When I got the information regarding the date of funeral, he left the meeting he was in as soon as possible and organized our flights and time out of office. My great boss was a real help too, giving me extra days even though QE was approaching.

After hour of research we left our workplace in mid-day and the same day we flew to Iceland, then to Germany, from Germany we took a bus to my hometown where my parents picked us up and drove to the place of funeral.
Sing organized our 30 hours long trip so we both could see her one last time. 
At the same time he took care of me, making sure I would eat and get enough sleep. He let me be annoyed, upset, allowed me to express all the negative emotions. He was just there.

At the day of the funeral I tried to stay calm, but closer we got to the chapel, the more nervous I was.
He was in the car holding my shaking hand. When we finally got there, I broke down again.

I think open casket funerals are torture. My grandma’s face didn’t look like her at all. The body was pale and cold. I wish to remember her face as in the picture I had, smiling with little chubby cheeks.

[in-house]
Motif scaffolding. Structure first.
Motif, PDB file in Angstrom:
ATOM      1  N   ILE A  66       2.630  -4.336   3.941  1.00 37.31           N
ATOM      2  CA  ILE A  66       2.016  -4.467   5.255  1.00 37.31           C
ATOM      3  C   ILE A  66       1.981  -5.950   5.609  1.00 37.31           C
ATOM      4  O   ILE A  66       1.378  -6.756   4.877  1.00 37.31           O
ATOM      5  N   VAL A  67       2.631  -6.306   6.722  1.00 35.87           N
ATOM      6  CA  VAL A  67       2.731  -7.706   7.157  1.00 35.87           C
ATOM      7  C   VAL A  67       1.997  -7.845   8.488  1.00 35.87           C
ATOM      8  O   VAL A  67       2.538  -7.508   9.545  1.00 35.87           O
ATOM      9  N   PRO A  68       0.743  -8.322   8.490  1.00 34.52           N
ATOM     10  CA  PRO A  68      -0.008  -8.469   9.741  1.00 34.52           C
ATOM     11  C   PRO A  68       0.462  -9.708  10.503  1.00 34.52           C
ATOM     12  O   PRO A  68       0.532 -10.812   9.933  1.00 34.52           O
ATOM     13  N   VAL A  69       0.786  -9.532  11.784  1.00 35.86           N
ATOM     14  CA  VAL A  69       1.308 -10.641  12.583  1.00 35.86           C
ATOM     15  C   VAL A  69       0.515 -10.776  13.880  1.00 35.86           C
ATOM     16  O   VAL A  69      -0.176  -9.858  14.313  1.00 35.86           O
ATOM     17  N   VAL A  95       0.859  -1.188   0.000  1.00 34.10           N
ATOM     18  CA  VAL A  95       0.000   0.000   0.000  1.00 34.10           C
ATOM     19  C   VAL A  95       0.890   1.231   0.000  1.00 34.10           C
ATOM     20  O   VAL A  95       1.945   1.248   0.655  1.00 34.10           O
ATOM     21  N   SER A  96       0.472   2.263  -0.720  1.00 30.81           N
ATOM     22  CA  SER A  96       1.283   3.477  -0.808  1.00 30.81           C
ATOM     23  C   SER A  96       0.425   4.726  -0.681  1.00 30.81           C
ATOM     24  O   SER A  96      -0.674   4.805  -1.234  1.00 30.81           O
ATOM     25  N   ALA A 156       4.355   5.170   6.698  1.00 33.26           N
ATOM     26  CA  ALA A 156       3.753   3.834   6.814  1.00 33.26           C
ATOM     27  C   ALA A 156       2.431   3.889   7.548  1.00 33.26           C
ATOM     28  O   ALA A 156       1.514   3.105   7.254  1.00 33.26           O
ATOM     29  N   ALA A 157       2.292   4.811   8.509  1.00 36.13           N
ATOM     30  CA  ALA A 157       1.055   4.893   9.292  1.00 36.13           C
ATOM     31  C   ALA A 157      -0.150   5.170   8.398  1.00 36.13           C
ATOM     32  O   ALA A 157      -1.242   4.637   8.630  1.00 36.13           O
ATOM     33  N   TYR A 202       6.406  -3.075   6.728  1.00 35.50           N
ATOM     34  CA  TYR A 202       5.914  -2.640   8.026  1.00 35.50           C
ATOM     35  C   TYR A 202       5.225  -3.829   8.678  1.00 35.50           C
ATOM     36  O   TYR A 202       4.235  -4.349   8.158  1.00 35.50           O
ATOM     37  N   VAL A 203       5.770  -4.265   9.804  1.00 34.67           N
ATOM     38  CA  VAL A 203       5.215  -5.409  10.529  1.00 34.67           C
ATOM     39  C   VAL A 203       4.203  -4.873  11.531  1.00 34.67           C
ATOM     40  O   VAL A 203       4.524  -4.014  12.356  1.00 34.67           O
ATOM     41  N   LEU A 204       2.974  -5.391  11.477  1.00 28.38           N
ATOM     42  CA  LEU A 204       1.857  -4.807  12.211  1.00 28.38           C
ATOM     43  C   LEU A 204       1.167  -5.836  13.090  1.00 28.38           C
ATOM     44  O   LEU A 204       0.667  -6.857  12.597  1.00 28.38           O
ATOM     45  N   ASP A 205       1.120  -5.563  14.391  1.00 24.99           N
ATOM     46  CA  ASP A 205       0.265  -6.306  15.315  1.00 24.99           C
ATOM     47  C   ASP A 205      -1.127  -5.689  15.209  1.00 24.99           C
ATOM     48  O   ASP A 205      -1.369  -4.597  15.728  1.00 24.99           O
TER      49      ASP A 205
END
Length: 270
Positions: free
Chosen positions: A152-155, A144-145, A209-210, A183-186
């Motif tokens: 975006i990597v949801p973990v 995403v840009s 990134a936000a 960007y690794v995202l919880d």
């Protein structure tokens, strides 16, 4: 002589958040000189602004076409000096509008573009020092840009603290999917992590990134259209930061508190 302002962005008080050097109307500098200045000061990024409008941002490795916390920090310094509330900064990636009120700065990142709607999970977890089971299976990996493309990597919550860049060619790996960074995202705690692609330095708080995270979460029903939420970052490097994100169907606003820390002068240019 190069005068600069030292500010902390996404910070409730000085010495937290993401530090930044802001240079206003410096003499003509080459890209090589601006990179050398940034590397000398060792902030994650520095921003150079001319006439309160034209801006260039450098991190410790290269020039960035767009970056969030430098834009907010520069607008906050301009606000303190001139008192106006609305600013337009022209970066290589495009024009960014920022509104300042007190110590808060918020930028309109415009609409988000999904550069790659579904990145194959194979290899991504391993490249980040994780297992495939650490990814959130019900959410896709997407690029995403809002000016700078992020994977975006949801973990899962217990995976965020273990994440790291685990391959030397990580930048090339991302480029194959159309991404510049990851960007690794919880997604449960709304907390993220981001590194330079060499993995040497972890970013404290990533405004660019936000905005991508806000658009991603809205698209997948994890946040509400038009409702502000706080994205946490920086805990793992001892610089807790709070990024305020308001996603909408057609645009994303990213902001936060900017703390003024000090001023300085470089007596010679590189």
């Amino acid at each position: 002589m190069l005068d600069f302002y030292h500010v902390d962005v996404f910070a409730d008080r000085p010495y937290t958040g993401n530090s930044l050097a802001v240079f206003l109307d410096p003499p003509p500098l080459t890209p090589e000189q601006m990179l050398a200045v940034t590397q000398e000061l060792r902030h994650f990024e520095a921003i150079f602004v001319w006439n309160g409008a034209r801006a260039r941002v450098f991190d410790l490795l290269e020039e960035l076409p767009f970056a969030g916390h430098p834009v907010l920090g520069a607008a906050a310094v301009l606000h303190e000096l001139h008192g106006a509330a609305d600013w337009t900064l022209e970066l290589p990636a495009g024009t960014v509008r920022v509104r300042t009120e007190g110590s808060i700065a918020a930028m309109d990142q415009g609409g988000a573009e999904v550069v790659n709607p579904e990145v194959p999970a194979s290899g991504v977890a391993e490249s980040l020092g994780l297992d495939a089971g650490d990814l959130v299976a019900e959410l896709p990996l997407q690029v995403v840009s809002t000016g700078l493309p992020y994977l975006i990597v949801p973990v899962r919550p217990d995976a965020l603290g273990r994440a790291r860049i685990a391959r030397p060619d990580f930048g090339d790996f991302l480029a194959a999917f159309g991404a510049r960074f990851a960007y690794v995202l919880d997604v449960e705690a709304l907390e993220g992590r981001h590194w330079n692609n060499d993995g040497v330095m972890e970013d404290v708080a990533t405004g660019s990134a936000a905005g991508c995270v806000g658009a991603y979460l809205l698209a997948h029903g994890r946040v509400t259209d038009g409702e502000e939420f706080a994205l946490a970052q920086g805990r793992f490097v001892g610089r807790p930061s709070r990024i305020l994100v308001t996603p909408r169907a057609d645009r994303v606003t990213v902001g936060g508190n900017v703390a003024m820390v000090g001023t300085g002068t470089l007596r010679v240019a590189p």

When I was crying he was passing me napkins. He gently patted my back. He didn’t pray like the rest of us, in a Christian way. But he told me he spoke to her in his head. 婆婆 – Popo.

And then when they were about to close the coffin and move her to the church, me and my dad  noticed a beautiful gesture no one else did as we were the last one to leave the chapel. Sing bowed three times to her.
The purest gesture I’ve seen – not flowers thrown to the hole in the ground, or big tears followed up with a lot of crying noise.
Just quietly, not watched by anyone, he gave his highest respect to her. It moved my heart.
He wouldn’t know what to say or do in a church so he would copy the people’s movement, but in his mind he was focused on being a stone for our whole family, the strong one.

In the past it was my dad’s shoulder where I would seek comfort in grief. Now Sing took over his job and he did it pretty well.
I wasn’t sure should I write this post, but Sing did an amazing job in comforting me during my tough time. Despite not speaking the language, not understanding the customs, despite not being Christian, he did his best to pay respect to my great grandma, to my family and to me.